Cape May Point, New Jersey, is home to a natural phenomenon of stunning proportions. Each autumn millions of migrating birds converge here on their annual flight to wintering grounds as far away as Brazil and Peru. Season at the Point, the rich and telling story of the birds and birders of Cape May, evokes the sense of mystery and excitement that pervades the Cape as birders gather to count owls by the hundreds, hawks by the tens of thousands, and shorebirds and songbirds by the hundreds of thousands.
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The title's ``Point'' is Cape May Point, N.J., and the ``Season'' is the 1988 hawk-watch, a three-month period from mid- August to mid-November when tens of thousands of migrating birds pass overhead. Despite the title's narrow focus, this excellent account has a scope as broad as life on earth, and Connor leaves the reader wanting to know more, wanting even to grab binoculars and head outdoors. Like John McPhee, the author knows how to bring a subject alive through the words of the people closest to it. Here, those men and women are dedicated birders and bird-banders, two sometimes antagonistic but not always mutually exclusive groups, and the ostensible subject is raptors (a group of birds that includes both owls and hawks), or, to be technical, which Connor rarely is, the order Falconiformes, which includes osprey, vultures, kites, accipiters, buteos, eagles, and, of course, falcons. The larger subject is our fragile environment, for which birds are a measure of change as well as the victims of change. For birders, Connor makes clear, seeing birds is all-important; for banders, capturing them and actually handling them is the ultimate experience. Though the two may disagree about priorities, both groups are filled with committed naturalists and conservationists, and Connor presents their views equitably and their enthusiasms eloquently. Nature writing by a keen observer of nature, both human and otherwise. (Line drawings--not seen.) -- Copyright ©1991, Kirkus Associates, LP. All rights reserved.From Publishers Weekly:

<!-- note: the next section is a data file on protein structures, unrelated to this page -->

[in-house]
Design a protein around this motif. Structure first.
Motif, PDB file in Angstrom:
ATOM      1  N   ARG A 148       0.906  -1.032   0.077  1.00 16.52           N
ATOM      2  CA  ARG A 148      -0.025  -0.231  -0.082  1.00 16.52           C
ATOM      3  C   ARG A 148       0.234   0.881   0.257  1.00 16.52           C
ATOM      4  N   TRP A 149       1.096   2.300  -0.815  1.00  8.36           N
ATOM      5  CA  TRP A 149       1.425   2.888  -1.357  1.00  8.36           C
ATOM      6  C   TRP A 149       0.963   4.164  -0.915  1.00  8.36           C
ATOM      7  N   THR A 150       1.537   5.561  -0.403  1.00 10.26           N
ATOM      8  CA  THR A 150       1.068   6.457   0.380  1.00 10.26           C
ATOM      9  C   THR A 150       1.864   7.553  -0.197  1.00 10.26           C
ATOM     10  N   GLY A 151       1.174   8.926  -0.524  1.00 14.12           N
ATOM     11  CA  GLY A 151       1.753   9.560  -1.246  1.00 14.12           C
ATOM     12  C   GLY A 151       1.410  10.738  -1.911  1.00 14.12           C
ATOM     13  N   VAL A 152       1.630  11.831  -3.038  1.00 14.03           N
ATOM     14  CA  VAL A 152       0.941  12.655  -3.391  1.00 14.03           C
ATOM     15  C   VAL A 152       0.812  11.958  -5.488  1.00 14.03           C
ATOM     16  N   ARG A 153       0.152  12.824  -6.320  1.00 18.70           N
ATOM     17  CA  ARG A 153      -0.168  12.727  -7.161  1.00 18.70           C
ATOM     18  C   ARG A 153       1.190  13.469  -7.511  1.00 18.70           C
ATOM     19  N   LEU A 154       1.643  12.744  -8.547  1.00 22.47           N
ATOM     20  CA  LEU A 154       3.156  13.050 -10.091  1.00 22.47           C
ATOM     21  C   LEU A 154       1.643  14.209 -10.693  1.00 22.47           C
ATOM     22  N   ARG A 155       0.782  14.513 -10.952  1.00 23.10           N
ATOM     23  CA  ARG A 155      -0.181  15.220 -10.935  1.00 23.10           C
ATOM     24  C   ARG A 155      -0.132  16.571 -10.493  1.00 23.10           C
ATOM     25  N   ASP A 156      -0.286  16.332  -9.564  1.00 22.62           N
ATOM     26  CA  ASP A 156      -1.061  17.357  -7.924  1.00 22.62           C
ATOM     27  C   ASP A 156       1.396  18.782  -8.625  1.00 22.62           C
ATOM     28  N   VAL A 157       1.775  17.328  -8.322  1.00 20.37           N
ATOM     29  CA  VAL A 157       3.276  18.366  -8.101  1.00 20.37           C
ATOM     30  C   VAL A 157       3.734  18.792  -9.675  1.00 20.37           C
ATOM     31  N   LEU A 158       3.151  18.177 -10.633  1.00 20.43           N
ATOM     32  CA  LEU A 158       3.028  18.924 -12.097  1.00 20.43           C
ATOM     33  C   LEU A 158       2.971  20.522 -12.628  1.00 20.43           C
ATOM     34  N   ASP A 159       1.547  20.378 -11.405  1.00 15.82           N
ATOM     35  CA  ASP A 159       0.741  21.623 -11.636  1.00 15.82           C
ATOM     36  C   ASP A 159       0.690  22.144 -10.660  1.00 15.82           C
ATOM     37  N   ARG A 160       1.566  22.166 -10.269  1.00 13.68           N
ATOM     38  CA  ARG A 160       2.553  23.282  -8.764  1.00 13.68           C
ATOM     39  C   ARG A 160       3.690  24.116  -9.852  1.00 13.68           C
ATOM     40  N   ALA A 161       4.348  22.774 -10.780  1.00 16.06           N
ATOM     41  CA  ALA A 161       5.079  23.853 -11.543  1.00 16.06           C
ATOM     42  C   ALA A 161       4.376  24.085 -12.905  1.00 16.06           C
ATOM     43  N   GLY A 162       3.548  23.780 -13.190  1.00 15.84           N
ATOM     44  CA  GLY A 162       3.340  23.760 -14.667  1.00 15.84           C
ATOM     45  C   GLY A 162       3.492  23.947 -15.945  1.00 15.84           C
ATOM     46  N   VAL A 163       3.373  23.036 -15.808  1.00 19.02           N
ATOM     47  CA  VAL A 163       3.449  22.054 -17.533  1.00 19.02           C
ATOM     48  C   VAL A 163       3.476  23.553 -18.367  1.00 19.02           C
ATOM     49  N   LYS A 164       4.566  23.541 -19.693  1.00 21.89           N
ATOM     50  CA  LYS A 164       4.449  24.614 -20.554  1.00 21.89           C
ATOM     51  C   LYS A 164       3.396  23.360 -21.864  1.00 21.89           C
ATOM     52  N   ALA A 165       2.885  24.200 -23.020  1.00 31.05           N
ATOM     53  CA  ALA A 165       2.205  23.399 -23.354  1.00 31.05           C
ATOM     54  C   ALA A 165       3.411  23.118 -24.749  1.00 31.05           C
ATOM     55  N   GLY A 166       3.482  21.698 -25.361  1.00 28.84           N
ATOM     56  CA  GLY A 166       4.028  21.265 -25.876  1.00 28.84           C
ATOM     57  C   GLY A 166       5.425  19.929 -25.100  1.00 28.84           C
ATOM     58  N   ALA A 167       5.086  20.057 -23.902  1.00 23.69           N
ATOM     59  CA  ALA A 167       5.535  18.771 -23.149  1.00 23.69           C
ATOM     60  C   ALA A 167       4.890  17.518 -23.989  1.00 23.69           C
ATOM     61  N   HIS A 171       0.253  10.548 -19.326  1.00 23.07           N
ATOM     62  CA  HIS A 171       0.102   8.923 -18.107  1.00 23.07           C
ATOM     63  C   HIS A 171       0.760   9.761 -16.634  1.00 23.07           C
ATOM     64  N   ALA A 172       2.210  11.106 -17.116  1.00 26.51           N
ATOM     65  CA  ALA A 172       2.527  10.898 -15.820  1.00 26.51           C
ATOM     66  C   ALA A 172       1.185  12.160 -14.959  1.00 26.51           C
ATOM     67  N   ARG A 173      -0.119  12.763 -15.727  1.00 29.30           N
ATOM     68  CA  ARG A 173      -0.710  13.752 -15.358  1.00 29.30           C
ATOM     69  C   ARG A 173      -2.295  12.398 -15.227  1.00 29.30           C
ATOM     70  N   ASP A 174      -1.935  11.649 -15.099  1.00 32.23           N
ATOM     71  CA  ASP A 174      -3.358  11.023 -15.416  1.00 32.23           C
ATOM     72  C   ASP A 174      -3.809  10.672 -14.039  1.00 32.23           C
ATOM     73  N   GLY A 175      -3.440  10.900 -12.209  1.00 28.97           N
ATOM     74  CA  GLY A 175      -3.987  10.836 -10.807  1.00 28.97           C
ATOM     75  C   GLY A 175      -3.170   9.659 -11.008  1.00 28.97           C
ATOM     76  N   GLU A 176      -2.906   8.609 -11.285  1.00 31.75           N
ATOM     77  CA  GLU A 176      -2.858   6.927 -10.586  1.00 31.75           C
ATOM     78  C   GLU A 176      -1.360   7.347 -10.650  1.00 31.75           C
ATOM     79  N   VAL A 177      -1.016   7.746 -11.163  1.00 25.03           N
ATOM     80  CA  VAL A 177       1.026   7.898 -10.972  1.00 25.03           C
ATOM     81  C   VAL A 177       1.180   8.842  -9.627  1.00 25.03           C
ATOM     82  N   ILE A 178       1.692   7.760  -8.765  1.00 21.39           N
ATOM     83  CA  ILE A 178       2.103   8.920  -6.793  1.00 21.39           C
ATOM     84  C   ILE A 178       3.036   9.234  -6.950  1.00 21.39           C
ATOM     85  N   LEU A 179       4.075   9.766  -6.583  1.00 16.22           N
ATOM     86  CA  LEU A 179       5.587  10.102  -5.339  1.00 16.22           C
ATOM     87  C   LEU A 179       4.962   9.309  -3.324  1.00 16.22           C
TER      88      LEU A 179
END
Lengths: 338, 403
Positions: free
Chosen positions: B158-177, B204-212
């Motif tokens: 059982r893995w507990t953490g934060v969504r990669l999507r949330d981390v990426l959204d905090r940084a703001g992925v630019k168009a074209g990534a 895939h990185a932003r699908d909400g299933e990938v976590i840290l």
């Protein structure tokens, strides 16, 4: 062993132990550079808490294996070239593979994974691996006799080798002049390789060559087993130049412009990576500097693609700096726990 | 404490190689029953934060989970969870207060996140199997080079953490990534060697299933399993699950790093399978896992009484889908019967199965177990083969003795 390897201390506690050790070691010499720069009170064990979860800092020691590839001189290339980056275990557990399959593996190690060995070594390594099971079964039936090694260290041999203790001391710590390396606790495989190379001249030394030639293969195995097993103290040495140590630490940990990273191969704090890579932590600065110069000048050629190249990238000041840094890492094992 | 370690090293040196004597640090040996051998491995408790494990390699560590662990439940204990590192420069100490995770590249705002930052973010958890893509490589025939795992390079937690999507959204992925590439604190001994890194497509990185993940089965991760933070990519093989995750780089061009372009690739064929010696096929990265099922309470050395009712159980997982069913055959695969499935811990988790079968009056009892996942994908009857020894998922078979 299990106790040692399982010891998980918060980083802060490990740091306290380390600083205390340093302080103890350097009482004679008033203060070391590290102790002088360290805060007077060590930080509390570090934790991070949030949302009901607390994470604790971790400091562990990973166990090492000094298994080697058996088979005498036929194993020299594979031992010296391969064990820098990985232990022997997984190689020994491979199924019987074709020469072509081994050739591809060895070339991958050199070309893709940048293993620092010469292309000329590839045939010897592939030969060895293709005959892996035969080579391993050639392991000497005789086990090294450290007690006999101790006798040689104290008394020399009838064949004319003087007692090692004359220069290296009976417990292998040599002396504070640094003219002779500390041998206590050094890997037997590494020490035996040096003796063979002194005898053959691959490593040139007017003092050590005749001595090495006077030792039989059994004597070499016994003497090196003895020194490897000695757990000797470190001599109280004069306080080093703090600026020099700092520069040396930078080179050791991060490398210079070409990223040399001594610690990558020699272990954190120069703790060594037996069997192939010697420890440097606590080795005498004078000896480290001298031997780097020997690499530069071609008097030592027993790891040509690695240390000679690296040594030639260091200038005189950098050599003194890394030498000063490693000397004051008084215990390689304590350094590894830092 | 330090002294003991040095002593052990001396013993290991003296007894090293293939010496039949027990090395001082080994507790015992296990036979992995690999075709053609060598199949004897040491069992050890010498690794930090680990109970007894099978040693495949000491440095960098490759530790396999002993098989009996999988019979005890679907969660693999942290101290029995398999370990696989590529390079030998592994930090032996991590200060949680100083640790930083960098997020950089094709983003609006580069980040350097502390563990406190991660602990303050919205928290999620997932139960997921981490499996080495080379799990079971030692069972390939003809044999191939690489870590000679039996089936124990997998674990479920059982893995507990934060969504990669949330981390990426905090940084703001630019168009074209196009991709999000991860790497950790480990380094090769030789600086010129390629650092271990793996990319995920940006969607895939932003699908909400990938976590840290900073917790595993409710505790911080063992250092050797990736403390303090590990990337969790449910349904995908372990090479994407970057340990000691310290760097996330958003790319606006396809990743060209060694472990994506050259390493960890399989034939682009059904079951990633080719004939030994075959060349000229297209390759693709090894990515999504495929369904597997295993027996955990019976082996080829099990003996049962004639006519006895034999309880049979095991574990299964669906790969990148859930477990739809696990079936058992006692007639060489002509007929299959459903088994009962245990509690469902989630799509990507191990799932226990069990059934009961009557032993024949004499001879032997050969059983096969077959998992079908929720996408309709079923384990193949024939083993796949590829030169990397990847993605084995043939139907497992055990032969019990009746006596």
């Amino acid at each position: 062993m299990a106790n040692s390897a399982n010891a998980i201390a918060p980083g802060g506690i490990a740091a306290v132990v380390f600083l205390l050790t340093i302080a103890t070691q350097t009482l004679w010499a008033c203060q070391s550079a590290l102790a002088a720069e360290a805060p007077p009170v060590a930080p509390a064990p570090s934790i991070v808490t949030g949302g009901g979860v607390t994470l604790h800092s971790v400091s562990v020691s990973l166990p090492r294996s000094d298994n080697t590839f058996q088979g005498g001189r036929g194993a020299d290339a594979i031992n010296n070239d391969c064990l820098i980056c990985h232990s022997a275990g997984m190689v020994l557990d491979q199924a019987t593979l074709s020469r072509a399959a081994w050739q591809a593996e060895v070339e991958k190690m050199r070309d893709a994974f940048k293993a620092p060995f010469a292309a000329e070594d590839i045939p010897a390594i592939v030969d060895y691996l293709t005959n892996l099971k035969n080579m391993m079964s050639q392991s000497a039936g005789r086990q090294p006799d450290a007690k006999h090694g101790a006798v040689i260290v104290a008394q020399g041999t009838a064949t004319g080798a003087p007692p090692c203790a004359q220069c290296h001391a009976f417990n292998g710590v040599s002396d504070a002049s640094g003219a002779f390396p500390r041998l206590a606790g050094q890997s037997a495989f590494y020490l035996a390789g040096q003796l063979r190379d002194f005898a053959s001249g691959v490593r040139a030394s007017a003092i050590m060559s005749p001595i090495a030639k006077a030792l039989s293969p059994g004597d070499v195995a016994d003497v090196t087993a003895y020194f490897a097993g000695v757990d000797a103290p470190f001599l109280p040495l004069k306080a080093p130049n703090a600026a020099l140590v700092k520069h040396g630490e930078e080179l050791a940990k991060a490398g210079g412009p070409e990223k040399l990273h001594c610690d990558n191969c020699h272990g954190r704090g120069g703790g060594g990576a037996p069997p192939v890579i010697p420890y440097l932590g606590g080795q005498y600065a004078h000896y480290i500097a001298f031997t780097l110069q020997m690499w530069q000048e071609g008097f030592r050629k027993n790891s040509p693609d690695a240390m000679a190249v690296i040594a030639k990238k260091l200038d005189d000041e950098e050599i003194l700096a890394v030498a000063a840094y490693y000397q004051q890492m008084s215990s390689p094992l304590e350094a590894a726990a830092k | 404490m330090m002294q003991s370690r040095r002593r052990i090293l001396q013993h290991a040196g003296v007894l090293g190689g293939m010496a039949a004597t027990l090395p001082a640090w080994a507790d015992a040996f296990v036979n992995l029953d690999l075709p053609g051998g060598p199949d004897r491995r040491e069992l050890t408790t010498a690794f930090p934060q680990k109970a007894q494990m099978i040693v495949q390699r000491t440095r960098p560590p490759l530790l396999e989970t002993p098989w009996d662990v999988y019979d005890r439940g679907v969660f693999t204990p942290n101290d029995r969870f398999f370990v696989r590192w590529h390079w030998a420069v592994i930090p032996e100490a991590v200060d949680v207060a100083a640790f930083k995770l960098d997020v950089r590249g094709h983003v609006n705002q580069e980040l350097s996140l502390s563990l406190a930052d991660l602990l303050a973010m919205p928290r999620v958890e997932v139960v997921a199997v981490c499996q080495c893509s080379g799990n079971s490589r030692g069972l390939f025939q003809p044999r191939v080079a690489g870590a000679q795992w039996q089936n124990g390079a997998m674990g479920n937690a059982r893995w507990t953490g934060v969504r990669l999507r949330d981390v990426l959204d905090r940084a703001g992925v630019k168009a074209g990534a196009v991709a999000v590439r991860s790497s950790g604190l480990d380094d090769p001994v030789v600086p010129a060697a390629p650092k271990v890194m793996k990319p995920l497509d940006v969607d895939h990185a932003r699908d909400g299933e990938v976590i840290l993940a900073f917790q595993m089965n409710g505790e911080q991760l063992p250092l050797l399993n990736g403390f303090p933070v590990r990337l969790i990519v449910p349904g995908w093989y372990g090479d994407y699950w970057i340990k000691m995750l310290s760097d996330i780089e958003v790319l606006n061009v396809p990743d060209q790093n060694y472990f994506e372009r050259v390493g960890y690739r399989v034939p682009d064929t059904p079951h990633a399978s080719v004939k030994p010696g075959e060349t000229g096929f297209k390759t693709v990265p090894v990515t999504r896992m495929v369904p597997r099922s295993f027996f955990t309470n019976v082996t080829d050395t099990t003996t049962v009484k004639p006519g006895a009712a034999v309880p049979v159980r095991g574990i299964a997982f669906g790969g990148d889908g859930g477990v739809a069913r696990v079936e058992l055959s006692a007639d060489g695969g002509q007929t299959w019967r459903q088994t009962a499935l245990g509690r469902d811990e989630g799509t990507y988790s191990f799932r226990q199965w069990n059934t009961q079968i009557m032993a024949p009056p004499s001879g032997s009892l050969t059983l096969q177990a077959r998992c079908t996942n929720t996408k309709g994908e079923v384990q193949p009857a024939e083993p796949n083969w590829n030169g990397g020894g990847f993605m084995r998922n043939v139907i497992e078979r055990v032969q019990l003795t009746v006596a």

The season is fall, the players are counters and banders and the field is the sky at Cape May. Birders know that this area at the southernmost tip of New Jersey is a natural funnel for tens of thousands of migrating raptors and shorebirds. Now even non-birders can enjoy a fall migration from the Cape in this movable feast of amateur field ornithology--observing mostly hawks and falcons--captured by Connor ( The Complete Birder ) in hundreds of crisp moments of individual discovery. Exceptions to the focus on raptors include the last known sighting of the Bachman's warbler, North America's rarest songbird. This is hunkered-down-in-the-blind reporting from a fine naturalist writer who seems able to make a sunset linger while he and his readers strain to see the last silhouetted shape in the winter sky at the Point.
Copyright 1991 Reed Business Information, Inc.
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Descripción Atlantic Monthly Pr, 1991. Hardcover. Estado de conservación: New. Nº de ref. de la librería P11087113456X
Descripción Atlantic Monthly Pr, New York, 1991. Hardcover. Estado de conservación: New. Estado de la sobrecubierta: Fine. 1st Edition. First edition 1991, first printing stated. Signed and inscribed by Author on the title page " John, Hope to see you at the platform at the Point next fall. Jack Connor 5-9-92", also has blank private bookplate on the half title page. Hardcover with DJ. Condition new, square tight and crisp book, no underlinings no highlights no bent pages, Not a reminder. DJ fine, no tears no chips no edgewear, few very light spots at rear panel, Price Not clipped. 8vo, XIV + 290 pages. Inscribed by Author(s). Nº de ref. de la librería 013352
Descripción Atlantic Monthly Pr. Hardcover. Estado de conservación: New. 087113456X New Condition. Nº de ref. de la librería NEW7.1846441
Descripción Atlantic Monthly Pr, 1991. Hardcover. Estado de conservación: New. Don Almquist Ilustrador. book. Nº de ref. de la librería M087113456X